It has to be said, gaming is quite a commitment. Trying to get your friend(s) around to play in a dedicated 3 hour session spot isn’t as easy as it sounds; especially as you get older your priorities change. Your location, job requirements and general family commitments can make for some real tight deadlines trying to fit in a social game. It’s no surprise that the rise of solo gaming has taken the world by storm. Play in your own free time without requiring commitments from your mates.

What is it?

One Deck Dungeon or ODD as it is known is a card game that plays in about an hour. Choose your hero, choose a boss, create the dungeon and dive right in to the adventure.

What do you get?

In the base game of ODD, you get 6 bosses, 4 heroes (+2 free ones online) and enough cards to comfortably go through the game several times without feeling like it has limited play. Some of the Heroes feel a lot weaker than others but each has a special strength that maybe takes a few play-through’s to fully understand.  After about 30 games, I’ve only beaten 3 of the boss’ and I have clear favourite characters. This statement alone speaks volumes about its replayability.  The artwork is colourful, the dice are clear (generic D6 colours) and the game is presented well in a small box.

How does it work?

Your character essentially creates a pool of dice essential to fight monsters and traps. Using strength, magic and agility as different dice the game clearly sets up challenges requiring you to put those flavoured dice onto enemy stat cards. If you cover up the stat, you have defeated that aspect of the enemy. Of course, most enemies have numerous patterns to defeat and most will have some specialised areas harder to hit with larger numbers.  Drawing from the pile you need to defeat the deck 3 times to descend far enough to take on the boss. Defeating enemies as you go grant experience and abilities for your characters to utilise. Each level downwards towards the boss also progresses some in game difficulty, just to make sure you are never over powered.

Is it any good?

ODD heavily relies on luck. Any mission enemy can punish you severely and end a good run prematurely. This isn’t a negative to the game, more a statement of what it is. Expect to lose several times over questing for any boss before you get a good enough run to really push for glory. Starting out any quest is actually the most likely time you will lose because you have very little in the way of changing your stats or abilities. This is a good point in my book as it’s quite handy to restart quickly and try again. There is no shame to losing, but next time you will just hope that the dice gods favour you just a little more.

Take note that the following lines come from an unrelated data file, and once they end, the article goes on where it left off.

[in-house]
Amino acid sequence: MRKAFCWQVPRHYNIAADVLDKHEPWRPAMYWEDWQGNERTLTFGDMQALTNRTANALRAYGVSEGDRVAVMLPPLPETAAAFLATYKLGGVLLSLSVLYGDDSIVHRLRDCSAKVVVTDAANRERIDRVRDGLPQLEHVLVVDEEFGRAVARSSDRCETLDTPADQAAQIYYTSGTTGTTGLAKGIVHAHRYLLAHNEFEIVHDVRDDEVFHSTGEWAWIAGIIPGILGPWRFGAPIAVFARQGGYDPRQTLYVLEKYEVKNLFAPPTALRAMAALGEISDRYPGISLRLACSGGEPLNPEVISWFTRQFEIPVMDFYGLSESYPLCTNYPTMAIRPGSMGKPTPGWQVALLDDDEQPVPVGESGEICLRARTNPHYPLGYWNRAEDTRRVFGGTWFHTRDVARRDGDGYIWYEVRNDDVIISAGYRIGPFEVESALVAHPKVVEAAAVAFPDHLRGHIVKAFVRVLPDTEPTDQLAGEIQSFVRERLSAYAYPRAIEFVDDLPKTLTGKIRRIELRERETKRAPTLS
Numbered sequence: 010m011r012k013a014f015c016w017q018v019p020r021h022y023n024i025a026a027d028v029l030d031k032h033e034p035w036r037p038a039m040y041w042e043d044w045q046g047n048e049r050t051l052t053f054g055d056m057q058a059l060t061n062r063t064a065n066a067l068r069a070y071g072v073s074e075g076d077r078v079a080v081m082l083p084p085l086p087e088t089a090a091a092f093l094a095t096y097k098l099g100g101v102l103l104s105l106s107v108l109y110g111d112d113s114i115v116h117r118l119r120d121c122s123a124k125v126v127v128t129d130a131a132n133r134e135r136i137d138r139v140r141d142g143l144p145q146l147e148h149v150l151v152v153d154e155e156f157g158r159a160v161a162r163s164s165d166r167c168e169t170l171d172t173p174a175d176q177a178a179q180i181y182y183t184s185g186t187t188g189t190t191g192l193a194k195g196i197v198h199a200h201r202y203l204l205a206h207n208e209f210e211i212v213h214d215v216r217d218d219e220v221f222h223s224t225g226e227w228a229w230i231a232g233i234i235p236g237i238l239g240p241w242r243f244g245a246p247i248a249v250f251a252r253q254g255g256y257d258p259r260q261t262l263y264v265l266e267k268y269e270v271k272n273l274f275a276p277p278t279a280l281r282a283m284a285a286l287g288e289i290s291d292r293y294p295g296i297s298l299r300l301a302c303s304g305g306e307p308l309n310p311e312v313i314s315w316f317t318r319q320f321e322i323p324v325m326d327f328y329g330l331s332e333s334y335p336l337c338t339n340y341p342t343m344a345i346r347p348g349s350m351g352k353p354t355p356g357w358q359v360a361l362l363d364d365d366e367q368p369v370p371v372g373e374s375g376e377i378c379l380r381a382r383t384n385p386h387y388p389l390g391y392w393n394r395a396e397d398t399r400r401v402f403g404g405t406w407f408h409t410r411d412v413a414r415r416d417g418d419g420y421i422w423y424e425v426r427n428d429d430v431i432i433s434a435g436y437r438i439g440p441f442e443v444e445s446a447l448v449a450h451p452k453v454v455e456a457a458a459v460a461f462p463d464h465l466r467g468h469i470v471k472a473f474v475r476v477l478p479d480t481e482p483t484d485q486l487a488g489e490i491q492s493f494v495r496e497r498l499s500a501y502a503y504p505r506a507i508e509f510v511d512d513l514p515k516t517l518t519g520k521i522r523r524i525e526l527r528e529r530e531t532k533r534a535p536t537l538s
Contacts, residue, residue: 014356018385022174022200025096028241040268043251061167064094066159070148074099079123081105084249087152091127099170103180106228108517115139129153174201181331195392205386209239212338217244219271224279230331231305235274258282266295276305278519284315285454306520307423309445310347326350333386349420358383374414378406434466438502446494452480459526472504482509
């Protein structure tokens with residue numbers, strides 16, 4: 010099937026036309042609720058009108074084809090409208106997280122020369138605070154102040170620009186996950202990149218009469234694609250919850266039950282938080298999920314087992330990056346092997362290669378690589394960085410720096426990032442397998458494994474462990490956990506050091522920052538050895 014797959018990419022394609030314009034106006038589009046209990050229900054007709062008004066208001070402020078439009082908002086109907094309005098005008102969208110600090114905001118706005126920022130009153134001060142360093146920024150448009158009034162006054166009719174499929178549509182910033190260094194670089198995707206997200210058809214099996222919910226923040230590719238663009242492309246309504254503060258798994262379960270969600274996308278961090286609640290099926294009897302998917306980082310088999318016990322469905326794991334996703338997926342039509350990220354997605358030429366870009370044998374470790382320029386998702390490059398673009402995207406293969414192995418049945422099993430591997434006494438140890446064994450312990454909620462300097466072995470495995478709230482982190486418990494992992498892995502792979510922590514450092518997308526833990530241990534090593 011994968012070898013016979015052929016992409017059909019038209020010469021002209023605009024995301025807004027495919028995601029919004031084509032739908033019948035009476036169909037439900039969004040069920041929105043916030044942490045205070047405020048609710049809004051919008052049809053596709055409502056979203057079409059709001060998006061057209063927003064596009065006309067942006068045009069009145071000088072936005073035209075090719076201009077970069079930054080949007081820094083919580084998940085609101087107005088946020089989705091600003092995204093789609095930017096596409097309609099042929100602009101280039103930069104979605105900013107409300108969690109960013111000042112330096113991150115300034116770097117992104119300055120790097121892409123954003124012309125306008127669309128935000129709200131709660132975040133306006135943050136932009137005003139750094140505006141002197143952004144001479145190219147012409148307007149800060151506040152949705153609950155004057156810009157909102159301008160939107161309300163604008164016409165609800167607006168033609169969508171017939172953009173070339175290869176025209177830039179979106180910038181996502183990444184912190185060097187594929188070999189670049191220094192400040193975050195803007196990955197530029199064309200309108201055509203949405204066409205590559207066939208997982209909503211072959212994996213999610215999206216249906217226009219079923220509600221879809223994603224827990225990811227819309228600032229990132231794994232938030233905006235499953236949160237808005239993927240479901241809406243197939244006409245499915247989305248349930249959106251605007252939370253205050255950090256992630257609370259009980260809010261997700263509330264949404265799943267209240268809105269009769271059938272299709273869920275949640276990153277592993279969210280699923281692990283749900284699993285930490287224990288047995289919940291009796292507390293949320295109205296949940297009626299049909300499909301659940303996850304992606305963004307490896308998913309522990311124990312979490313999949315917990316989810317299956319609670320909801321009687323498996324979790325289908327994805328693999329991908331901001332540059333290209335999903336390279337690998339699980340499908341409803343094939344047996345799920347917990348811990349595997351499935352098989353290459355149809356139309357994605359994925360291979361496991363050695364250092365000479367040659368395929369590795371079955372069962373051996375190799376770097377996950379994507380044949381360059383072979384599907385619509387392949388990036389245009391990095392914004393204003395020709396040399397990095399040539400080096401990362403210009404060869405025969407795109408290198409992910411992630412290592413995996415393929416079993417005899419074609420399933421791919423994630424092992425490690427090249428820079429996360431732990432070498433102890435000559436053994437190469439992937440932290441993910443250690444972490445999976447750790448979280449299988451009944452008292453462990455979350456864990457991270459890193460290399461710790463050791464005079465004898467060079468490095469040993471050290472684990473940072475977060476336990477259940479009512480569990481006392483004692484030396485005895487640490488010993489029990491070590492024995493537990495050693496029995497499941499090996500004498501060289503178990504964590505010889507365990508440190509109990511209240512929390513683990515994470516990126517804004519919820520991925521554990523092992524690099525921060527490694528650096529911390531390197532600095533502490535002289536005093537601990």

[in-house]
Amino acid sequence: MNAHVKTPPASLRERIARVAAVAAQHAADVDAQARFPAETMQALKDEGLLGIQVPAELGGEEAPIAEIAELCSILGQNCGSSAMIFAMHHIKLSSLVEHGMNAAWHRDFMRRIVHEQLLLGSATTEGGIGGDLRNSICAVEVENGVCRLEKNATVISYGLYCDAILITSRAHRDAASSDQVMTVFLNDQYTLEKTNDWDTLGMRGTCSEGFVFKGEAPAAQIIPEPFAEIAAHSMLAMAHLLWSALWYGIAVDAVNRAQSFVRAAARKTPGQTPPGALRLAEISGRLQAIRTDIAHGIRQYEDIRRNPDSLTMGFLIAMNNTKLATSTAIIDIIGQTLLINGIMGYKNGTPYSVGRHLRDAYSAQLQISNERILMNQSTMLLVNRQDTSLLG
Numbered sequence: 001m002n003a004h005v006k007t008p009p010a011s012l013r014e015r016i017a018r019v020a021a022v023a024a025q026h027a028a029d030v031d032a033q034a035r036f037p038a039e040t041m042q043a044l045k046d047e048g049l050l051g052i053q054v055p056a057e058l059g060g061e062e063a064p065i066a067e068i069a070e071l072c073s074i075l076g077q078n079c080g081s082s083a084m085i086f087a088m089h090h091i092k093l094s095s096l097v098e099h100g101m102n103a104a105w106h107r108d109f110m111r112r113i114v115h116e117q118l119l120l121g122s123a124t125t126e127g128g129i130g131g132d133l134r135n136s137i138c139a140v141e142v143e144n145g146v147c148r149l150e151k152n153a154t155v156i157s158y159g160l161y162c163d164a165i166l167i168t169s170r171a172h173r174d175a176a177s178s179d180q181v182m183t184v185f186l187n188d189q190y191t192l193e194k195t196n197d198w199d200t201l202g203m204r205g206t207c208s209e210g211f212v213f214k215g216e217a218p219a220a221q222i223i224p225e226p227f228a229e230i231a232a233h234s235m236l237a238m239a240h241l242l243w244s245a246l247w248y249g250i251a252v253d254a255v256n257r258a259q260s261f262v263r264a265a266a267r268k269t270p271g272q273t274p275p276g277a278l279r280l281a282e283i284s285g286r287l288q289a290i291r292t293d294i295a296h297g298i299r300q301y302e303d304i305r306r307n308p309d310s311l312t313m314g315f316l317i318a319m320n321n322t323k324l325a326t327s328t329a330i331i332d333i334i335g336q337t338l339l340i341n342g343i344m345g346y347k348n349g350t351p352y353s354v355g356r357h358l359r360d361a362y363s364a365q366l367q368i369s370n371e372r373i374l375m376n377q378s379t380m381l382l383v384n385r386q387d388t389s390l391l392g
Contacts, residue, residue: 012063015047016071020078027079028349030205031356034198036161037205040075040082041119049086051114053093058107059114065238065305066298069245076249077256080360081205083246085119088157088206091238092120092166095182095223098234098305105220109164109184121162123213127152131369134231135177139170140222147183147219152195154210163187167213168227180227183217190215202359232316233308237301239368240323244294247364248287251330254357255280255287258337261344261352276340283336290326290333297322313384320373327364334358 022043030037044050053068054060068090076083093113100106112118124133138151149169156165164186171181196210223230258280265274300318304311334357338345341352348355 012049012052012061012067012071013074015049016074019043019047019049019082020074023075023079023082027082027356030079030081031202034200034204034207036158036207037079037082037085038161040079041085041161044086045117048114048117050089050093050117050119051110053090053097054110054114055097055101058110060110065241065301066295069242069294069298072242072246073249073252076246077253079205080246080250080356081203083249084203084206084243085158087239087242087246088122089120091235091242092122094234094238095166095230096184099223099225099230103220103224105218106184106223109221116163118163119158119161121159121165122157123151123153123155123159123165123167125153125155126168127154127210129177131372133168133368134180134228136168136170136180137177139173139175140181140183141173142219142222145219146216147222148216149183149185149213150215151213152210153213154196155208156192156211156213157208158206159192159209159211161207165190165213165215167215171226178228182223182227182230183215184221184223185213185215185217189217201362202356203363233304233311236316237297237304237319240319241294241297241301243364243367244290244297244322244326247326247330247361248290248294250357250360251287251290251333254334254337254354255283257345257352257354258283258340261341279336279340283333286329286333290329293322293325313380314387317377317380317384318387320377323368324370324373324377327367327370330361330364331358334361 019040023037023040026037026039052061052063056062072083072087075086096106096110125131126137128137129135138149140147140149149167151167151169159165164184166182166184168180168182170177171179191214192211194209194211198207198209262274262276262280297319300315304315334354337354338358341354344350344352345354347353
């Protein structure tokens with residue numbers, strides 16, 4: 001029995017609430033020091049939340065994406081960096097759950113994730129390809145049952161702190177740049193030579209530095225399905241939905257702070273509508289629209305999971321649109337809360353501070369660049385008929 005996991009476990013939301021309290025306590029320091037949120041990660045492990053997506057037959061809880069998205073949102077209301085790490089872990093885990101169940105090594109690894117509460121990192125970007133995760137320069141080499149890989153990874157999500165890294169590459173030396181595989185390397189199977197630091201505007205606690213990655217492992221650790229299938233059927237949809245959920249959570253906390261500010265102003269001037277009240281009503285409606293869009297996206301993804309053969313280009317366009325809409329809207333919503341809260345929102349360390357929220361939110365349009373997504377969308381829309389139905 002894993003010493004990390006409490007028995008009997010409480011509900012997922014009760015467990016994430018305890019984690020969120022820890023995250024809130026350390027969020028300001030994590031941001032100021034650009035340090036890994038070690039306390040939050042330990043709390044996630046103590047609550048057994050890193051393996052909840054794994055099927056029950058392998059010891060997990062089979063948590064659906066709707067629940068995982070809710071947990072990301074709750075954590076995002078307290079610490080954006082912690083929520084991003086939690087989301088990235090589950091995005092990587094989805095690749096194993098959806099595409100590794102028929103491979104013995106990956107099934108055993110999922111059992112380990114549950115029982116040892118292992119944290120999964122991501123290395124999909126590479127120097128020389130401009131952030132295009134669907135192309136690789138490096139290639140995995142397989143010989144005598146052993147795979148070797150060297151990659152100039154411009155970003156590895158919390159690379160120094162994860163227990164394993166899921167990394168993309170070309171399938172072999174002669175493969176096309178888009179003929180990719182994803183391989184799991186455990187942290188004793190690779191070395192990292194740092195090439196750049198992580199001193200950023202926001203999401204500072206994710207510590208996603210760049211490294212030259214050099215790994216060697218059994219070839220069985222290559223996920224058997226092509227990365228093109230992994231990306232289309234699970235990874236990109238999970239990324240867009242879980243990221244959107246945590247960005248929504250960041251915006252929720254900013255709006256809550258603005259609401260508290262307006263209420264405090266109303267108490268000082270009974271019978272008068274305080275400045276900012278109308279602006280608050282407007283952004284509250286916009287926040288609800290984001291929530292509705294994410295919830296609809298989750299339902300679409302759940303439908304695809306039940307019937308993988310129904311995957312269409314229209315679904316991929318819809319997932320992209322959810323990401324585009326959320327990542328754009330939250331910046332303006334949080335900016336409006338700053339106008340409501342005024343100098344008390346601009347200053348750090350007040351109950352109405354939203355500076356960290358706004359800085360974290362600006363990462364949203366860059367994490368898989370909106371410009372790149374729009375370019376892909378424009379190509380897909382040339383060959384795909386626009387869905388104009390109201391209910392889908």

I’ve not mentioned yet, but ODD does in fact play up to a 4 player game. The 3-4 player requires 2 decks, or the expansion which is equally excellent (if not better). I’ve played several 2 player games of ODD and it’s good. Not my ideal 2 player game but certainly one that travels well. 2 Player interestingly really spices up player abilities as they boost each other abilities, offering rerolls and the likes.  As a multiplayer game, it’s worth noting the playtime is still the same which is a big positive.

Conclusion.

ODD has to be one of the smartest compact games going.  It packages itself as a dungeon crawler but once you get into it you realise this is a real simulation into puzzle games. The luck aspect as you get more experience can be countered, controlled and manipulated through items and skills making for some very interesting character exploration.

I really rate ODD but there is something missing that prevents it from being the best game of all time. If I am to hazard a guess as to what that is, it’s the extra elements of a dungeon crawler that make them so popular. There is a campaign structure included but its honestly very tacked on and not worth playing in its current form. It’s the story, the narrative in the dungeon and the rewards and unexpected elements. Sure, you could argue that that is all told in the cards but it isn’t enough to really have you tell the story to anyone. It could very easily have an expansion that adds this element to the game, questing through a map with an adventure book companion. Of course, what I’m suggesting here would fundamentally change the game for better or worse (probably better!).

I can’t wait to see what the future of ODD has to offer. Forest of Shadows gave us a glimpse of new mechanics and ideas. I want more. I want to see what the world has to offer even if it’s in a bigger box and it’s no long one deck, but DECK DUNGEONS! Keep it going though, I’ll be first in the line for the next expansion whatever it is.

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